Bill Toms and Hard Rain w/Soulville Horns at Moondogs; PPTCO Staging ‘King Hedley II’ at August Wilson House (Sat., 5/26/18)

1) Bill Toms and Hard Rain with the Soulville Horns will be rockn’ out Moondogs tonight. Toms’s slightly raspy, deeply soulful voice and his guitar playing prowess combine with the drums, horns, and rest of the band to create a hot rock sound. Their latest release is Good For My Soul. The band also recorded a recent concert at Club Cafe, so look for a live album or some live tracks to come out sometime in the future. Music begins at 8:30 p.m. Toms’ next Pittsburgh gig will be at MJ’s Steel City on June 2. 378 Freeport Rd, Blawnox.

Bill Toms plays some killer lead guitar riffs (c.) while Hard Rain and the Soulville Horns jam on.

Bill Toms plays some killer lead guitar riffs (c.) while Hard Rain and the Soulville Horns jam on at the Moondog’s Holiday Rock party.

Put down that gun: Fight choreographer Randy Kovitz (L) coaches Wali Jamal, as Elmore, in 'King Hedley II.'

Put down that gun: Fight choreographer Randy Kovitz (L) coaches Wali Jamal, as Elmore, in ‘King Hedley II.’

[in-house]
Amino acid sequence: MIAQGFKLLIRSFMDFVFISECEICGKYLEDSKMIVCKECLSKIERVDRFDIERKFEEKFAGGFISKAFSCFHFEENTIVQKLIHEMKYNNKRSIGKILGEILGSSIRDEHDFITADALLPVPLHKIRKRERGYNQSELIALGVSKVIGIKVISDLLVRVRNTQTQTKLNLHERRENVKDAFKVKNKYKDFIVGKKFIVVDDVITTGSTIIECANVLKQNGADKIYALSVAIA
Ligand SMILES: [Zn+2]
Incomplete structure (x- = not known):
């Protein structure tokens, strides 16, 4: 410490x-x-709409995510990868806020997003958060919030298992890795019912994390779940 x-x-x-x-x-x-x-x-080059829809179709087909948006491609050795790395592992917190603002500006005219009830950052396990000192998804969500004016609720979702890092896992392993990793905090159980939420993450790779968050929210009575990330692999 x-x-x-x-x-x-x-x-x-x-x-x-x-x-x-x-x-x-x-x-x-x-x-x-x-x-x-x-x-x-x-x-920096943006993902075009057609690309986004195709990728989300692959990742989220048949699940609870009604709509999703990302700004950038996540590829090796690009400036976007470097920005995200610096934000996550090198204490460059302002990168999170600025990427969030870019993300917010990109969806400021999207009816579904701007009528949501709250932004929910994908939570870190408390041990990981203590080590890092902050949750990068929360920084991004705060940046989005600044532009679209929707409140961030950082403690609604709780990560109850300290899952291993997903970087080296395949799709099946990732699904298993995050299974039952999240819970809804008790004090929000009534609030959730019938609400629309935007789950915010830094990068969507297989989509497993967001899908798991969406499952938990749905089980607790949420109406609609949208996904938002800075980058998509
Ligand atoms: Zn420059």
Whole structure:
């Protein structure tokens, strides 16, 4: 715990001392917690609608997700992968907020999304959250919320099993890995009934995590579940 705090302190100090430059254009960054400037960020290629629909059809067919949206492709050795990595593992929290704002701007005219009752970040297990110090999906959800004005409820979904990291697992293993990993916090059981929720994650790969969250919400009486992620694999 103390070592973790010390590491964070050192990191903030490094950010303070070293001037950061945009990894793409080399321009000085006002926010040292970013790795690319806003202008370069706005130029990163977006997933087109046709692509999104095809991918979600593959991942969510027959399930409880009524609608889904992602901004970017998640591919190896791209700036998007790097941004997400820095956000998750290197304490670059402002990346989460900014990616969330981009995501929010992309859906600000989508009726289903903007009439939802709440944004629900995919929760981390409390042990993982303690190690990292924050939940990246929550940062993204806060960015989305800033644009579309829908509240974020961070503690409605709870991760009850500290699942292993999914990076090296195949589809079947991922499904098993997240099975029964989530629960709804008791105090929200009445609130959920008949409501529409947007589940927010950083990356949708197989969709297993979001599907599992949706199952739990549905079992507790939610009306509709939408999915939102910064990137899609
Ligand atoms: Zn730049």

2) August Wilson is one serious playwright, even (and sometimes especially) when he’s being outrageously funny. These Wilsonian qualities are displayed vividly in King Hedley II. Set in the Hill District during the 1980s, the play is one of Wilson’s darkest—a story about people with blasted pasts and dim futures—yet it’s amazing to see how such dark materials can light up the stage. The title character is a newly released ex-con whose plans for a better life are both dubious and desperate, such as fencing stolen refrigerators to get money for an honest business venture. Another striking character is Stool Pigeon, who got the nickname after spilling what he knew about a murder case. He considers himself a “truth-teller” and serves as the neighborhood’s Scripture-quoting, fire-breathing streetcorner prophet. Almost everyone in King Hedley II is somehow striving for validation and redemption. The play provides a great intro to Wilson’s world for newcomers, though it is far from the first of his 10-part Pittsburgh Cycle, and there’s no better time than now to see it. 2 and 7 p.m. Performances continue through June 3. Pittsburgh Playwrights Theatre Company is performing King Hedley II at the actual site of Wilson’s boyhood home in The Hill. 1727 Bedford Ave., Hill District.